Voters in four local Iowa school districts will be asked next month to decide measures aimed at improving and maintaining facilities and infrastructure.

Each district has a special election planned for March 2.

In West Delaware County (Iowa) Community School District, voters will decide on a $20 million bond referendum.

Western Dubuque Community School District officials seek to renew their physical plant and equipment levy, while Andrew Community School leaders seek to reinstate theirs.

In Bellevue Community School District, officials are asking for permission to continue spending revenue from the state’s 1-cent sales tax for infrastructure projects.

West Delaware

West Delaware district officials seek approval of a $20 million bond issue as part of a wider effort to improve facilities.

If approved, funds would be used to remodel, repair and improve the elementary, middle and high schools. Plans include replacing air-handling equipment to improve ventilation, providing air-conditioning in all buildings, replacing and upgrading piping and improving energy efficiency.

Officials also would remodel and improve secure entrances and improve the parent and bus drop-off lane at the elementary and middle schools.

“I just think it will absolutely bring our facilities into line with the quality program that we offer and really have our students be able to be much more engaged in state-of-the-art learning because they will have the facilities that will enable them to do that,” Superintendent Kristen Rickey said.

The measure requires a 60% approval rate to pass. If it is approved, officials estimate the median tax increase would be about $54 annually per household, based on an averaged assessed home value in the city of Manchester of $135,000.

The bond issuance is part of a plan to spend $38.4 million on facility improvements. Other funds would be covered by 1-cent sales tax revenue and the district’s reserves.

Western Dubuque

WD officials seek a 10-year renewal of their physical plant and equipment levy to help pay for facilities and equipment projects.

If the measure is approved, officials would continue the PPEL at its current rate of $1 per $1,000 of taxable valuation. The levy has been in place since 2012 and generated more than $1.5 million in the 2019-2020 school year.

District leaders use PPEL funds to maintain their bus fleet, which costs about $500,000 per year, Superintendent Rick Colpitts said. Funds also will be used to renew the district’s supply of laptops now that each high school student is being issued one.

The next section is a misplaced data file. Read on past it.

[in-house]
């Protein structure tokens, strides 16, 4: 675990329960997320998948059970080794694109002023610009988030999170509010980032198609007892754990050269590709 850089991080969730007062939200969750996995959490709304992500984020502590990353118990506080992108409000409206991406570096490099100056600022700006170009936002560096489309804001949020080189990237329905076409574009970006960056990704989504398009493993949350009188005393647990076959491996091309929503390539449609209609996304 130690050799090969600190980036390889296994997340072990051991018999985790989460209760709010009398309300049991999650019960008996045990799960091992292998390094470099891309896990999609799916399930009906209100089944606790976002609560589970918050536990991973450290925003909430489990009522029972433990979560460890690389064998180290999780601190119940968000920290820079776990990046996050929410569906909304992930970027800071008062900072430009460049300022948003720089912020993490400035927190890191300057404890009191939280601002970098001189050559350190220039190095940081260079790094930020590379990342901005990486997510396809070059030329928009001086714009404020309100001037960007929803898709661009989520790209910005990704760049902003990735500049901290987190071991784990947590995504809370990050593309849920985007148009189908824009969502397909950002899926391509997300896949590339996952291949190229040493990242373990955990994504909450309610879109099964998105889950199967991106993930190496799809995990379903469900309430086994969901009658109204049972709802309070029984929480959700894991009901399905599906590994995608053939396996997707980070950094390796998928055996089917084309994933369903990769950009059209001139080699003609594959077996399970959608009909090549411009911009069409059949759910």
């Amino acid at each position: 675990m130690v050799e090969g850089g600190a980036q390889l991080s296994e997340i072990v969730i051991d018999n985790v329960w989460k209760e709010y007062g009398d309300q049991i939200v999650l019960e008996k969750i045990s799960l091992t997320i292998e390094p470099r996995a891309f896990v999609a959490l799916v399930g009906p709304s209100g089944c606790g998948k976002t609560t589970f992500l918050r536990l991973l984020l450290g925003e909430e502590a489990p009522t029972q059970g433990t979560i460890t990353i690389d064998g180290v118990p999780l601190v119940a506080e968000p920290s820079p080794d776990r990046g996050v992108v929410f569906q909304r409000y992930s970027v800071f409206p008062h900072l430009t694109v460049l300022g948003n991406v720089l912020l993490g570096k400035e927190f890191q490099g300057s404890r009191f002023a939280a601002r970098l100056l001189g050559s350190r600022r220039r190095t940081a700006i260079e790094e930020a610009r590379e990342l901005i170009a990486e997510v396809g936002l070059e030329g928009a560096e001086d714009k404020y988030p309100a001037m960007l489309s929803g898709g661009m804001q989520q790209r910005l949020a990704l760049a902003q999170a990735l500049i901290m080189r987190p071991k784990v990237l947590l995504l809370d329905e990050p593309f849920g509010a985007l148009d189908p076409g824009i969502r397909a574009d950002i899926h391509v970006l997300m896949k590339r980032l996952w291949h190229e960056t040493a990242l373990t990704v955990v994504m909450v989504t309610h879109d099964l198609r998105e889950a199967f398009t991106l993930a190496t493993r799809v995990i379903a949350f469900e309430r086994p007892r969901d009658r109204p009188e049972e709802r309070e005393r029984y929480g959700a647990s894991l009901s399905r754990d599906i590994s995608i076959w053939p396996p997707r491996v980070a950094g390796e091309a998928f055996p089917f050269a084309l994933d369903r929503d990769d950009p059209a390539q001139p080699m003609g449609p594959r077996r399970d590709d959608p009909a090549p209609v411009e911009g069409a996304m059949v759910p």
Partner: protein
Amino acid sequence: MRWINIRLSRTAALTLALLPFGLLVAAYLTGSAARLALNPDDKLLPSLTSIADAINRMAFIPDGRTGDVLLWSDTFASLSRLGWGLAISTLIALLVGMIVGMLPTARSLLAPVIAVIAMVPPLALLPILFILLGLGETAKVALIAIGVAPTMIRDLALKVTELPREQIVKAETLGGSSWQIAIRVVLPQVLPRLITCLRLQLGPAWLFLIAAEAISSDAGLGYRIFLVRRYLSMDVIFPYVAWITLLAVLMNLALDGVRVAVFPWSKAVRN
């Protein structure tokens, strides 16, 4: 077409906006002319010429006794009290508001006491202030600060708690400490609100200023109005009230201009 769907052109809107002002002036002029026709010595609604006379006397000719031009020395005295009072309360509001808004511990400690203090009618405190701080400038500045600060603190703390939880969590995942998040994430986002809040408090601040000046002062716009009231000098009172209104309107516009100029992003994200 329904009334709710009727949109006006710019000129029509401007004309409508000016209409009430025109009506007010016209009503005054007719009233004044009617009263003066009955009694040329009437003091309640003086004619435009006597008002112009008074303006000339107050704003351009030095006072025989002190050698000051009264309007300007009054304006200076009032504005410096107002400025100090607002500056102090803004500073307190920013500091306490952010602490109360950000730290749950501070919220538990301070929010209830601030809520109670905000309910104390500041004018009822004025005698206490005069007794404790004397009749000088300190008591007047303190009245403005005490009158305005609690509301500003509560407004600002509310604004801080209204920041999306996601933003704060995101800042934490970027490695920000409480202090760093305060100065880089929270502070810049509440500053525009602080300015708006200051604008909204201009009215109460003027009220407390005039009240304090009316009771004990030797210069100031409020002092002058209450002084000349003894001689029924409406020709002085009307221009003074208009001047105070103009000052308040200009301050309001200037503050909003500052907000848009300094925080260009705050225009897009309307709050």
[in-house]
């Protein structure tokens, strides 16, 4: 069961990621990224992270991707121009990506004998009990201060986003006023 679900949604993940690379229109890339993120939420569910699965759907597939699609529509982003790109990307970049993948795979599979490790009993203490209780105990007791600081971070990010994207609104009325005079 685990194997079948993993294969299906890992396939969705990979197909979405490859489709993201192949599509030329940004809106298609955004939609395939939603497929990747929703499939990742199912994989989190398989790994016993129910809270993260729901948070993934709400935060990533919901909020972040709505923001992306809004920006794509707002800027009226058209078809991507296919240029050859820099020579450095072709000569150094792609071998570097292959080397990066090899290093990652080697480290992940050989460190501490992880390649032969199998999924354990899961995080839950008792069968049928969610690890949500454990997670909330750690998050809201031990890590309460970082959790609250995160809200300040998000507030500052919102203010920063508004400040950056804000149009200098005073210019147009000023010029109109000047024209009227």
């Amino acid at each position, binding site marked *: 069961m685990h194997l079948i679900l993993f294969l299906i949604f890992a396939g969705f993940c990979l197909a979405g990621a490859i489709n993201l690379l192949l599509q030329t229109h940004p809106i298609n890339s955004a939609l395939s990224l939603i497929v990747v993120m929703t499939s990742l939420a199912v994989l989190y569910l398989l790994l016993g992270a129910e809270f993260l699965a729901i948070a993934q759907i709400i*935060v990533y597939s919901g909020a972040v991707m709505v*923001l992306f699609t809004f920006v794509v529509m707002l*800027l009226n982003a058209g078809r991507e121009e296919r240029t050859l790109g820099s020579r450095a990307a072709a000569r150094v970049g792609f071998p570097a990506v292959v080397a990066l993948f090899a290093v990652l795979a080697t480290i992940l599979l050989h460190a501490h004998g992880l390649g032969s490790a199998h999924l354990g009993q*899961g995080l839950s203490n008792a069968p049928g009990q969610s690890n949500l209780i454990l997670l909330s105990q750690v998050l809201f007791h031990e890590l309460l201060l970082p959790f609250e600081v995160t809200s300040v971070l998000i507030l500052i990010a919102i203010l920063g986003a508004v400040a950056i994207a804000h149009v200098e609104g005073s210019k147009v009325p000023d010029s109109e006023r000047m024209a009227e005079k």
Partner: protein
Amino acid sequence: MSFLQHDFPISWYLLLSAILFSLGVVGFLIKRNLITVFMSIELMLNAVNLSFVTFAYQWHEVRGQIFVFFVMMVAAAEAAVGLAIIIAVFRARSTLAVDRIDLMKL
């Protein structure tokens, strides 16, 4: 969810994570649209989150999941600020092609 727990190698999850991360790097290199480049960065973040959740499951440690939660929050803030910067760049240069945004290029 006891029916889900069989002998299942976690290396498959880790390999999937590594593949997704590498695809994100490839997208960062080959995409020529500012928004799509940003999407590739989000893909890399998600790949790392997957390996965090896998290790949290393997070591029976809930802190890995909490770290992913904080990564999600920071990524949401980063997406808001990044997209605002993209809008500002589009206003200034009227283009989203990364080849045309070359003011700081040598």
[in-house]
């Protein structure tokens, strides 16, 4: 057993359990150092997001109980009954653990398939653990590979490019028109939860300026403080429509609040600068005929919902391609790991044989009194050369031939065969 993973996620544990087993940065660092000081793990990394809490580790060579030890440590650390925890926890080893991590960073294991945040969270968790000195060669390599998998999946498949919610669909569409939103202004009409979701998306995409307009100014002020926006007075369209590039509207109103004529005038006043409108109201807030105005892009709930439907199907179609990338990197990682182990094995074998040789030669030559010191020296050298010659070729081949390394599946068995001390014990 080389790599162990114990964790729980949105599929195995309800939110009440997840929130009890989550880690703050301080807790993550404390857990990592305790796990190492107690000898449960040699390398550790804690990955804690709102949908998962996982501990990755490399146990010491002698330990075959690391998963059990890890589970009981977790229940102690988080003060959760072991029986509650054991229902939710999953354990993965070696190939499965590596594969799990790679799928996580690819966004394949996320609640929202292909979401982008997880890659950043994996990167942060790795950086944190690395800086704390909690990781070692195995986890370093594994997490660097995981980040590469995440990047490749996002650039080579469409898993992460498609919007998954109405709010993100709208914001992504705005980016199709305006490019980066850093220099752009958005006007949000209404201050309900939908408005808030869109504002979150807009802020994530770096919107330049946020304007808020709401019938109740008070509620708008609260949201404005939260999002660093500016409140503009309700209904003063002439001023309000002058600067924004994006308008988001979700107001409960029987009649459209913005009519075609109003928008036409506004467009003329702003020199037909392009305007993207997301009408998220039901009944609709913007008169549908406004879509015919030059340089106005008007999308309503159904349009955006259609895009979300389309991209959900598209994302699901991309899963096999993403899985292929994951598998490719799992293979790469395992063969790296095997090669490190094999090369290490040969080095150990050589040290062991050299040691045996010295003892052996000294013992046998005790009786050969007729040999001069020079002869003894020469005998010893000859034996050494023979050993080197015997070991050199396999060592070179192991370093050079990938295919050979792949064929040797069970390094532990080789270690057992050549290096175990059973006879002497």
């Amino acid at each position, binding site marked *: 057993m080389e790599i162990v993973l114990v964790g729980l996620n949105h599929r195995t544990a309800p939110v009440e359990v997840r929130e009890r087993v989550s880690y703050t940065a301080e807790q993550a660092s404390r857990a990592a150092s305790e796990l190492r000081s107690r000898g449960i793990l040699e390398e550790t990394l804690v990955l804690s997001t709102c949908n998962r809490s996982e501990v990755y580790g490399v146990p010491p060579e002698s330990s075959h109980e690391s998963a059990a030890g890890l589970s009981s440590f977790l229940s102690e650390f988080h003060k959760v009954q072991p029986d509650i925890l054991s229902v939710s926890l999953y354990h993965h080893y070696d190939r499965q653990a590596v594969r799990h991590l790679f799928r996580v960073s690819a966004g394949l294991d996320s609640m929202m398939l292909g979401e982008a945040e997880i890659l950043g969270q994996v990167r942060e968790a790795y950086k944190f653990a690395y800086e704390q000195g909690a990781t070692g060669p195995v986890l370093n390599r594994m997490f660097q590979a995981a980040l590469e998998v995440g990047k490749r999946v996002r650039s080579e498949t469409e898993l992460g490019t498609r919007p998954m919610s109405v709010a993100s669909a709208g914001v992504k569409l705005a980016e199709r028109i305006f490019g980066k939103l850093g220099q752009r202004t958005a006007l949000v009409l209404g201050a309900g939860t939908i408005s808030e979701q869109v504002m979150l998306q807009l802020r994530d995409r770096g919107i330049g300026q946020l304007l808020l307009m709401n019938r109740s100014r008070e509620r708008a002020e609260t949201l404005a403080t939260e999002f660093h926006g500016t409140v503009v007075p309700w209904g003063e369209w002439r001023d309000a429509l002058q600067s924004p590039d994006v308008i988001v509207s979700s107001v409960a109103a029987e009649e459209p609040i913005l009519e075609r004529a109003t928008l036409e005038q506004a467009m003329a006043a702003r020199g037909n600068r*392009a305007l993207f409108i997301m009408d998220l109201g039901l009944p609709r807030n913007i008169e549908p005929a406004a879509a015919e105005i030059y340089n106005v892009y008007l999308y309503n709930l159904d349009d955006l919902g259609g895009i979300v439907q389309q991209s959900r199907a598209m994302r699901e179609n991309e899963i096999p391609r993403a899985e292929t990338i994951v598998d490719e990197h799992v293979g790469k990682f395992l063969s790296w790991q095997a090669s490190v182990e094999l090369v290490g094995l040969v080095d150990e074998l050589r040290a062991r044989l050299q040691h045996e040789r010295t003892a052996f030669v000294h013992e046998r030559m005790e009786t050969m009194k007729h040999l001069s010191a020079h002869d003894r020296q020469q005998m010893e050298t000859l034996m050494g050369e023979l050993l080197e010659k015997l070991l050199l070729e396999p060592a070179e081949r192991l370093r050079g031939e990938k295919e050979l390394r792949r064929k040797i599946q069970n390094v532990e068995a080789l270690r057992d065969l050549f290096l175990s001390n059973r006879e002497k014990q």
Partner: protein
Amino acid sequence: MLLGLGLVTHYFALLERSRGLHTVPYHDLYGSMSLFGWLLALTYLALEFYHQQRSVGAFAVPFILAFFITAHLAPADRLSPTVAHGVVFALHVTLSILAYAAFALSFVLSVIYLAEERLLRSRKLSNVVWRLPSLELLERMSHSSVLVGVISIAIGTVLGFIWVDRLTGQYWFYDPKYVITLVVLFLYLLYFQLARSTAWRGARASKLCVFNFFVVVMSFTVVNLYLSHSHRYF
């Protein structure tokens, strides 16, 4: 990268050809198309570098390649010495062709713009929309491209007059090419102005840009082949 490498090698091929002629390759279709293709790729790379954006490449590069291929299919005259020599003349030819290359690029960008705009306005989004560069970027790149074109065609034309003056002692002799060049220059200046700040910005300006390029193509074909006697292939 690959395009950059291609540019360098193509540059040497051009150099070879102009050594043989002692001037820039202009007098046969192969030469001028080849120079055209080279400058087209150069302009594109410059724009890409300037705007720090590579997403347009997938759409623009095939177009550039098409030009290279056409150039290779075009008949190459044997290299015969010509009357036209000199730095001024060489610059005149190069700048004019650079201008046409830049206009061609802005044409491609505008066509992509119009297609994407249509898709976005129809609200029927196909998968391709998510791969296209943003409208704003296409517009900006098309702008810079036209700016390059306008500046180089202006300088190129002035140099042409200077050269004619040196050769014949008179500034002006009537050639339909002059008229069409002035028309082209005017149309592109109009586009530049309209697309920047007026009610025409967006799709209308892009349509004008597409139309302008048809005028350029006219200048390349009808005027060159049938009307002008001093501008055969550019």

Other funds are used for projects such as roof repairs, security cameras and boiler replacements.

Having access to PPEL funds frees up money in the district’s general fund that can be used to educate students, Colpitts said.

“With this fund in place, we get $1.5 million more to put into classrooms and education of our kids, so that’s a critical piece for me,” Colpitts said.

The measure requires a simple majority to pass.


Andrew Community School leaders are asking for permission to reinstate their PPEL to pay for facilities projects.

Officials seek to set the PPEL rate at $1.34 per $1,000 of taxable valuation, which would generate about $168,000 per year. The district’s previous PPEL expired five years ago, Superintendent Chris Fee said. Since then, officials have had to deal with larger facility needs that have depleted available funds.

New PPEL money would be used to replace plumbing, replace roofs and fix issues with heating controls. Officials are currently looking at a range of heating fixes such as replacing parts, updating the heating system or adding air-conditioning to the building, Fee said.

“If we can get this approved, then we will be able to not only address our current facility needs but continue to invest in the teaching and learning spaces for our students and staff to create a high-quality learning environment for all of our students and community,” Fee said.

If the measure is approved, officials plan to decrease the levy rate for their management fund to offset the new PPEL rate. Their goal is that with those changes, residents’ overall school tax rate will remain the same.

The measure requires a simple majority to pass.


Bellevue Community School District leaders seek to reauthorize their current revenue purpose statement for funds they receive from the state’s 1-cent sales tax for school infrastructure.

Officials plan to continue spending those dollars in alignment with uses allowed by Iowa Code, such as building, remodeling and expanding buildings; purchasing equipment and technology; and providing funds for property tax relief.

Officials receive a little more than $500,000 each year through the state sales tax, which has allowed for improvements such as remodeling science rooms and purchasing buses. It also paid for a 2010 addition to the middle and high school, Superintendent Tom Meyer said.

“It’s really a wide amount of things that we’ve done with that, from buses to remodeling classrooms to upgrades,” he said.

Meyer noted that approval of the measure would not raise or lower taxes because it addresses plans to use funds already being collected via the statewide sales tax.

Iowa lawmakers in 2019 extended the sales tax to Jan. 1, 2051, and set a Jan. 1, 2031, sunset date on districts’ current revenue purpose statements. Voters must authorize districts’ plans for how they will spend their funds beyond that.

If approved, the Bellevue revenue purpose statement would be extended until the sales tax expires. The measure requires a simple majority to pass.

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